"There's really nothing in Senate Bill 70 that says they can't sentence somebody to jail time when they're repeatedly caught for possession of a controlled substance," Hutmacher said. "I think Senate Bill 70 had good intentions, but personally, I think it's being interpreted poorly and, as far as I'm concerned, Senate Bill 70 is a failure."

The frustration led Hutmacher, Chamberlain Mayor Chad Mutziger, Police Commissioner Clint Soulek and City Engineer Greg Powell to schedule a meeting with Attorney General Marty Jackley and Jim Seward, general counsel for the governor.

Jackley said he supports some aspects of the bill but shares the concern regarding the methamphetamine problem.

"I am supportive of many parts of (Senate Bill 70), such as alternative sentencing when they are done right with considerations for protecting the public," Jackley said. "But I am concerned at the continued increases with meth in our state and the challenges that it creates for law enforcement, treatment and local government."

The bill also handicaps probation officers, Hutmacher said. If a court services officer in Chamberlain finds a controlled substance in a urinalysis test, the drug user is allowed to drive off, and the officer is not allowed to report the incident to law enforcement.

Jackley said the problem was caused by a wrong interpretation of the law, and he has requested help from an oversight committee to address the situation.

"That is not my reading of the law, and it is an implementation problem to the extent it is occurring," Jackley said, adding that he was concerned about the danger a drug-influenced driver poses to the public.

Jackley said he wanted to allow the oversight committee to address the concerns before he recommended any changes to the bill.

'Methamphetamine epidemic'

Possession of a controlled substance may not be a violent offense, but according to Hutmacher, some people are willing to commit violent crimes to get their hands on illegal substances.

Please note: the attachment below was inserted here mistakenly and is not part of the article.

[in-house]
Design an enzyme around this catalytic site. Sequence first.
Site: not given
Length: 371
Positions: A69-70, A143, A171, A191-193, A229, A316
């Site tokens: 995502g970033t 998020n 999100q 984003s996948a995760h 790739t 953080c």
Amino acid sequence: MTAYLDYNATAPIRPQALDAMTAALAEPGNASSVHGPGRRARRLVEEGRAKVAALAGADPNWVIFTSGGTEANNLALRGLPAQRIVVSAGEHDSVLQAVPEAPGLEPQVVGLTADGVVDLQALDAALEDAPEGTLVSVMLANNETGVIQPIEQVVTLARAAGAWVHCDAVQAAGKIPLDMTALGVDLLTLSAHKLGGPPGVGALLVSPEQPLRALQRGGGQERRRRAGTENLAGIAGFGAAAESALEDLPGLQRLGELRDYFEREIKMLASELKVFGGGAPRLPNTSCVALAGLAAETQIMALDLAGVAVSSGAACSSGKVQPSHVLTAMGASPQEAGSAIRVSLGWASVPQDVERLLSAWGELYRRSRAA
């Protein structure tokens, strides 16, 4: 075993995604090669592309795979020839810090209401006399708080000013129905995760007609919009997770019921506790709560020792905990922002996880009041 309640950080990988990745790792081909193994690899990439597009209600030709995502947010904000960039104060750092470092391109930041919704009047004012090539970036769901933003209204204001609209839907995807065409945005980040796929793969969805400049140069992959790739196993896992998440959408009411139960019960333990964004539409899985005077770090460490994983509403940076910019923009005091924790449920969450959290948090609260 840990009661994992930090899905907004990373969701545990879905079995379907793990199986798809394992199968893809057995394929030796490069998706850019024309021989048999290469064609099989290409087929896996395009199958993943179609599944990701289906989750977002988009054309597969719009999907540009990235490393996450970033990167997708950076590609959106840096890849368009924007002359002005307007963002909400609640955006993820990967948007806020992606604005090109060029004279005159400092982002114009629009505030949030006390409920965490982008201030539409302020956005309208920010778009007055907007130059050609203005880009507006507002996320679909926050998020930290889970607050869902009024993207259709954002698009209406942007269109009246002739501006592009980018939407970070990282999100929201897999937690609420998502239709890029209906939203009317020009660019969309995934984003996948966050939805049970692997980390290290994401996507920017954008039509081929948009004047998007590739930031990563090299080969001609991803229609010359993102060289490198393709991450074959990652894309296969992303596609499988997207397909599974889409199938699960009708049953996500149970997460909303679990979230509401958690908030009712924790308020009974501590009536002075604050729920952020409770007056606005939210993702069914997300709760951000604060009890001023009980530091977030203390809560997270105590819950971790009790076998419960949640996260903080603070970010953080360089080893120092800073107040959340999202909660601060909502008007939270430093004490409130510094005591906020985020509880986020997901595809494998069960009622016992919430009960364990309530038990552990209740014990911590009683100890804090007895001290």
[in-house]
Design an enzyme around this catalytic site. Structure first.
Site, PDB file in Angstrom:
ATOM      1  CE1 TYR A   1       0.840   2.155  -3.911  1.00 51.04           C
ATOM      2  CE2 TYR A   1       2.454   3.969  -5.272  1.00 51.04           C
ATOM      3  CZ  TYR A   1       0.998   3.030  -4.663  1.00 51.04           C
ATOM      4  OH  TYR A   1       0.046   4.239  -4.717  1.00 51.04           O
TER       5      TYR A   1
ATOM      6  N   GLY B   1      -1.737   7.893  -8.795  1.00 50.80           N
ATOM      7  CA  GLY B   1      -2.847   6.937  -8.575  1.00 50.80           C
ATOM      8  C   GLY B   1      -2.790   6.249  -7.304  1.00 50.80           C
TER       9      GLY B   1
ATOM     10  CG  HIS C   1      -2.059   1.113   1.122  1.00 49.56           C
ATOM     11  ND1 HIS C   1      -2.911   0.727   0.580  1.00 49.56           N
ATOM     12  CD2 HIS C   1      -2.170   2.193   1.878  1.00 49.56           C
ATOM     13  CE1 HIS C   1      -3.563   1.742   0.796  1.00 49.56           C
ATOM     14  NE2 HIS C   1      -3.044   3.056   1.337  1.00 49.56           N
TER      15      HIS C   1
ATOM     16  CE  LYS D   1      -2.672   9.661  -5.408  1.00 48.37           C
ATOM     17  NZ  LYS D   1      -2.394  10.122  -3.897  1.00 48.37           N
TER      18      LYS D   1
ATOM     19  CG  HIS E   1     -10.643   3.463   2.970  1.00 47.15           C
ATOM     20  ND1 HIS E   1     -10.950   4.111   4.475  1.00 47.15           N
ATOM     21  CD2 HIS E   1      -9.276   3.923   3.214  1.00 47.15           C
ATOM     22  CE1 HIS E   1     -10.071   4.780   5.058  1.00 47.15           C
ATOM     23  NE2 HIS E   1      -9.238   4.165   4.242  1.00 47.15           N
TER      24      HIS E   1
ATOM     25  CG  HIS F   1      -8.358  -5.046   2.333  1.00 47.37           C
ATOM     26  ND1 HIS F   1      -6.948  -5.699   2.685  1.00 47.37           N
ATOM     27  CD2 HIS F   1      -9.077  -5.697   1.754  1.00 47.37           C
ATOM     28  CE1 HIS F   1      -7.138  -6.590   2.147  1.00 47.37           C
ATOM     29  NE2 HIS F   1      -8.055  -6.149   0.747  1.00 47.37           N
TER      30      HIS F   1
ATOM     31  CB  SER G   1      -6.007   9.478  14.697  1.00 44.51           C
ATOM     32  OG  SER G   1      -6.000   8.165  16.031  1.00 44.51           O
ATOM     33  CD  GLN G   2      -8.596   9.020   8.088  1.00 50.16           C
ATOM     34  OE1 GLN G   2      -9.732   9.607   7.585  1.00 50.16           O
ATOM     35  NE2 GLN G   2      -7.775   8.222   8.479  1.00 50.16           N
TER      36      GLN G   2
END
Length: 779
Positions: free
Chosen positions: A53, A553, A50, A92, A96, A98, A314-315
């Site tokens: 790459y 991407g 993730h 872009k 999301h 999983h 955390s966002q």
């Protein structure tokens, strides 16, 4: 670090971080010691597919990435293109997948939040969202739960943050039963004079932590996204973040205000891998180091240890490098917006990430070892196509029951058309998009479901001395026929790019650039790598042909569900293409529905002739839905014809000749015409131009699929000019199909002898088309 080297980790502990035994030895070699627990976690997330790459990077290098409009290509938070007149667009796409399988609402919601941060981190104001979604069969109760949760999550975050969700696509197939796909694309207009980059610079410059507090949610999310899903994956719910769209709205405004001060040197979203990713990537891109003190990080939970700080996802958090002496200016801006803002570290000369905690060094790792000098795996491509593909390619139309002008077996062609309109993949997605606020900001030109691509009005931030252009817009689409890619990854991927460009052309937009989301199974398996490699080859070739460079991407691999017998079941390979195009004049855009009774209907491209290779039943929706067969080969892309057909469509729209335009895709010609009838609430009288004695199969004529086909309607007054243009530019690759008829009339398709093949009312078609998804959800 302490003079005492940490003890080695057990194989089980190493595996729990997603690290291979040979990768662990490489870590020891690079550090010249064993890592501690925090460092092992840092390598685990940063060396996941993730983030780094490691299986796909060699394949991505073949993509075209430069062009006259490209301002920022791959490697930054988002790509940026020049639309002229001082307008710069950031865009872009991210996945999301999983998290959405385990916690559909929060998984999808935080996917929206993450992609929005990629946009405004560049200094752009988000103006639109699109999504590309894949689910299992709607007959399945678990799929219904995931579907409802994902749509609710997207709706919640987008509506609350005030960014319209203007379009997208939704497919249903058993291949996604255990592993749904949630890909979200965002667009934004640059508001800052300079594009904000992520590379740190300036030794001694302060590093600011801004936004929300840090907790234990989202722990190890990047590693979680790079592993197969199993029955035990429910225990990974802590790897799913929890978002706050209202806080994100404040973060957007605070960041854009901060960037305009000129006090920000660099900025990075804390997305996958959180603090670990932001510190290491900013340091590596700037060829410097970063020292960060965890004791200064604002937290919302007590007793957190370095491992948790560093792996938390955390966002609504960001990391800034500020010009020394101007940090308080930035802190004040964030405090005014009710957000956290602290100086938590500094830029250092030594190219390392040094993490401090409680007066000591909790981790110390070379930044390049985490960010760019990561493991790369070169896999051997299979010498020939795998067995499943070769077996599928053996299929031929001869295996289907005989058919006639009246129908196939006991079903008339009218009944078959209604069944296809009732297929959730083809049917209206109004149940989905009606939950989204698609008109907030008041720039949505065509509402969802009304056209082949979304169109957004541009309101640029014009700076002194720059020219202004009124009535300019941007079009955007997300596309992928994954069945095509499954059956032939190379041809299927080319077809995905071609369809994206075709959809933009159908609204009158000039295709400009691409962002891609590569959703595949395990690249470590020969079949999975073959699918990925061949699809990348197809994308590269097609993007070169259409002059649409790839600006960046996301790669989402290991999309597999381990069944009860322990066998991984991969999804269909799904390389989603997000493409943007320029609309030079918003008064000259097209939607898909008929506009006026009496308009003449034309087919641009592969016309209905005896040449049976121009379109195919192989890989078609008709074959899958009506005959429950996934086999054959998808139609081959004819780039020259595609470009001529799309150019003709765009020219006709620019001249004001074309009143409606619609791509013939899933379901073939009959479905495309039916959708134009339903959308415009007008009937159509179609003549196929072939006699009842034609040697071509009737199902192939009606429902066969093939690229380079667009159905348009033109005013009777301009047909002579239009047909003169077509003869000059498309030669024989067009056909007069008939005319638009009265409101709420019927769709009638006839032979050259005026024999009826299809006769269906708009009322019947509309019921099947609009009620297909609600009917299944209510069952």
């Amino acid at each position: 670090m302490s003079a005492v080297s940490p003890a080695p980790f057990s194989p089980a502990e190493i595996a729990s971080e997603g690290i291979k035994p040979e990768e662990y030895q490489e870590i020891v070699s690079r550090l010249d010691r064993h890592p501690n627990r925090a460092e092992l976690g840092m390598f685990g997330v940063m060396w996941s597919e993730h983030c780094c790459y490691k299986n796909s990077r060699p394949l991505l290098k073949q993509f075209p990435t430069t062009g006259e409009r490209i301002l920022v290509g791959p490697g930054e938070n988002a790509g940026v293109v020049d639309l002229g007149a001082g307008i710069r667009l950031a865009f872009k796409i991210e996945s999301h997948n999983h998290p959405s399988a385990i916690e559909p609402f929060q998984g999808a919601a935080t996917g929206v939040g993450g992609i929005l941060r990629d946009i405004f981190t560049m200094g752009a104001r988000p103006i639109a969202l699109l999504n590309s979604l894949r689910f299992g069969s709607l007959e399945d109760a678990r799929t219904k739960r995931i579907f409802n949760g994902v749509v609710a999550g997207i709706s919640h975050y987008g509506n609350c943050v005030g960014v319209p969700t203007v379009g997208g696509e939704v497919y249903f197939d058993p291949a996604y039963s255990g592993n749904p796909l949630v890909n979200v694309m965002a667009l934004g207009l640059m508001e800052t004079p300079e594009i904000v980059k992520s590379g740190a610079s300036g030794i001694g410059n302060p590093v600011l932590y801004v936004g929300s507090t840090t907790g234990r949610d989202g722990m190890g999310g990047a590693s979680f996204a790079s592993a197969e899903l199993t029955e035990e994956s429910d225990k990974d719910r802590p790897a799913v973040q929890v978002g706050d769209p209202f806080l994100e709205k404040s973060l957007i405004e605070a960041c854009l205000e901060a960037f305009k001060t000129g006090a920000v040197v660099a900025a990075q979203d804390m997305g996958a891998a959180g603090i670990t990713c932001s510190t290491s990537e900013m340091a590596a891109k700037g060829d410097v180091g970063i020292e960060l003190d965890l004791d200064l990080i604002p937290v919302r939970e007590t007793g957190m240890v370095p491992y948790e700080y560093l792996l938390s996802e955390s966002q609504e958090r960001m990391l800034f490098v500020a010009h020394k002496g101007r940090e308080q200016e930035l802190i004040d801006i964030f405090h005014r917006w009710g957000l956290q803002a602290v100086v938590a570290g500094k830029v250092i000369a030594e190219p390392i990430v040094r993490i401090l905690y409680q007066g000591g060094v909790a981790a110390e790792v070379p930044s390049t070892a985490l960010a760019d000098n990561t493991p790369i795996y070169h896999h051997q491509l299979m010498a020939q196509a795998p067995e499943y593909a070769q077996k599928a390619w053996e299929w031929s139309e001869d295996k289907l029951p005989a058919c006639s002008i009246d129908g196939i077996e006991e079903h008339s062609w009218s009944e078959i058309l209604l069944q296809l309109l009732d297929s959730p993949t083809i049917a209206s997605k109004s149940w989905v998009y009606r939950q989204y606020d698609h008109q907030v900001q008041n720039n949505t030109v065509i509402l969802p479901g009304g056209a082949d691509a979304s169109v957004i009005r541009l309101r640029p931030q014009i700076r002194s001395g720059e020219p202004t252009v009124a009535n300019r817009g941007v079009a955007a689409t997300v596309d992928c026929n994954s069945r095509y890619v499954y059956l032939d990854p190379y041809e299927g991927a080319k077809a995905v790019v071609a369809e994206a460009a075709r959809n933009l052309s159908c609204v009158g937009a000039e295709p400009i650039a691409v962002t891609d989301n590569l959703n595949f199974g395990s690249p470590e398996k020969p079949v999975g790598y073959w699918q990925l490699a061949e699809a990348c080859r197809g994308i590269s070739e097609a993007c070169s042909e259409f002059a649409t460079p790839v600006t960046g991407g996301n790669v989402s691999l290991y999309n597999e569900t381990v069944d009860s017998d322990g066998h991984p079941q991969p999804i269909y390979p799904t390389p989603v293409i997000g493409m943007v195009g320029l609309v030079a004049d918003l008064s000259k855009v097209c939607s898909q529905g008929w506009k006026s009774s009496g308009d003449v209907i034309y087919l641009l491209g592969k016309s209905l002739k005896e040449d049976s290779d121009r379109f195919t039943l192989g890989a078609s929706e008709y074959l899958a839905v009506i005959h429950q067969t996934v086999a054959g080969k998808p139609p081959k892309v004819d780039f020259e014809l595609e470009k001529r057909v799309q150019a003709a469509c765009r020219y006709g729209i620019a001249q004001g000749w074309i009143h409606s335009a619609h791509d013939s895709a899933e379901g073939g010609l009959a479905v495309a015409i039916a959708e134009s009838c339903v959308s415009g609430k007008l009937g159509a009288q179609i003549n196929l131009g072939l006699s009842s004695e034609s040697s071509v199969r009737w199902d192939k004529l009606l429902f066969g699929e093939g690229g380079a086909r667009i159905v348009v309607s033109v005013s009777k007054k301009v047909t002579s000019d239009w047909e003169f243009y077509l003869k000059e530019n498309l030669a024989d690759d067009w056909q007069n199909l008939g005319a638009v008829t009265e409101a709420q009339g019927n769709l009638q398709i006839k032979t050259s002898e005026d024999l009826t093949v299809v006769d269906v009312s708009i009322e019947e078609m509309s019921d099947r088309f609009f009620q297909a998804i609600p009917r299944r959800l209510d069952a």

Hutmacher said many thefts, burglaries and robberies, which are rising every year, can be linked to drug use or the desire to purchase controlled substances.

Hutmacher said the drug that is causing the greatest problem in Chamberlain is methamphetamine, and police chiefs across South Dakota have told him the same thing.

According to Jackley, 2,125 methamphetamine arrests were made in 2015, a rise from 1,517 in 2014 and 1,229 in 2013. Meth arrests were far lower in 2012, the year before Senate Bill 70 was passed, when 669 arrests were made.

According to statistics from the Unified Judicial System, 10,696 felony drug charges were filed in 2015 in South Dakota. There were 8,537 felony drug charges filed in 2014, 6,780 in 2013 and 4,754 in 2012. So far, 2,182 felony drug charges have been filed in 2016.

The trend can also be seen in Brule County. There were 149 felony drug charges filed in the county in 2015, three times as many as in 2014, when 52 charges were filed. The county saw 79 felony charges in 2013 and 29 in 2012.

But South Dakota Corrections Secretary Denny Kaemingk said those numbers are skewed. He explained that meth crime has increased in all of the surrounding states, but said South Dakota has the only felony ingestion law in the United States, meaning a person can be charged with a felony if they're found with certain drugs in their system when tested.

"If you're saying drug arrests are higher in South Dakota than some other states, I'll give you that," Kaemingk said. "But you cannot say drugs are going up in the last few years. It was going up prior to Senate Bill 70."

But Hutmacher called the problem "a statewide methamphetamine epidemic."

Chamberlain police commonly find bottles of clean urine in refrigerators when executing a search warrant, Hutmacher said, which often comes from drug users' children so they can pass a urinalysis test.

He also said prison is required for some addicts who can only break their addiction by being placed in a facility where drugs are not available.

"I have sat and talked with people who have used (methamphetamine)," Hutmacher said. "They said if they were in the same room with that drug that they would not be able to stop themselves. They would use the drug. The only way they were able to stay clean was really to complete remove themselves from that environment."

Hutmacher said he doesn't have a solution for the state's drug problem, but he is certain that Senate Bill 70 could be improved to help the situation.

"I don't know what the answer is, I just know currently what we're doing is not working with the court system," Hutmacher said.